In truth, Malin felt embarrassment at the sight of this poor old woman dressed in rags.  He thought of his own wealth and fine clothes, he thought of all his servants and bodyguards and he thought of the beautiful young woman on his arm. Although he knew she was his mother he felt ashamed and embarrassed at her poverty and his own humble origins and did not want to let on about his past life to his companion.

Roughly, he thrust his mother away and glared coldly at her saying,

“You are not my mother!  My mother would never wear such poor and ragged clothes.  I don’t know you, go way!”

Shocked and distressed his mother stepped back, sobbing and said,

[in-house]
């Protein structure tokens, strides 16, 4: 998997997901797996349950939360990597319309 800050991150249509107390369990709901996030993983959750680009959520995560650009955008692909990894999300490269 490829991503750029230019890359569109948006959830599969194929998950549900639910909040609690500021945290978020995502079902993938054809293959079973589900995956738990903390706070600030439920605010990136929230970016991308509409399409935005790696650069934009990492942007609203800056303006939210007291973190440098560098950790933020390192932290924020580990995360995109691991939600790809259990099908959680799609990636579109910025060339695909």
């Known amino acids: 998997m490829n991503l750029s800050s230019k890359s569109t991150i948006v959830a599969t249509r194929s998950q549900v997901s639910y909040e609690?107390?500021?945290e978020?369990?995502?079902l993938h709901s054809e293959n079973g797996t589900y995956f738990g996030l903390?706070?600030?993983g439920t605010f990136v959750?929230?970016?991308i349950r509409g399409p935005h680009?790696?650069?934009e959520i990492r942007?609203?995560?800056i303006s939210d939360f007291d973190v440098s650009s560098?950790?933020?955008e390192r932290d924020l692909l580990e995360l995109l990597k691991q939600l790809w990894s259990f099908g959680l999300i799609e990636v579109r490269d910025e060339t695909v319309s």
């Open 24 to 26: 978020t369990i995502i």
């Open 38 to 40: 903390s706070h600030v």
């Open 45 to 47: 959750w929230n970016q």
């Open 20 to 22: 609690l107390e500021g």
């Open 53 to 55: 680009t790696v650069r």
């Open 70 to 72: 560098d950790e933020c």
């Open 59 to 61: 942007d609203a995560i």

“Malin, I am your mother stop teasing me!  I have waited so long to see you again you must know me!”

But Malin stared coldly and dispassionately ahead with his face fixed and his eyes cold. Turning to one of his bodyguards he said,

Guard, take this ragged old beggar woman out of my sight!  Give her some money to be rid of her!”

And the guard grasped the old lady by her arm and dragged her roughly away, all the time she was crying out,

“Malin!  Oh Malin my long lost son! Why do you treat me so cruelly?”

Mail ignored his mother’s pleas and ordered the ship to make ready to sail.  He and his beautiful lady returned to the ship which set sail and sailed stately out of the harbor.

Poor Malin’s mother was left distraught and sobbing upon the harbor as the ship sailing upon a calm and quiet sea and disappeared over the horizon.  Anguish and hurt coursed through her body which turned to anger and she fell upon her knees and prayed,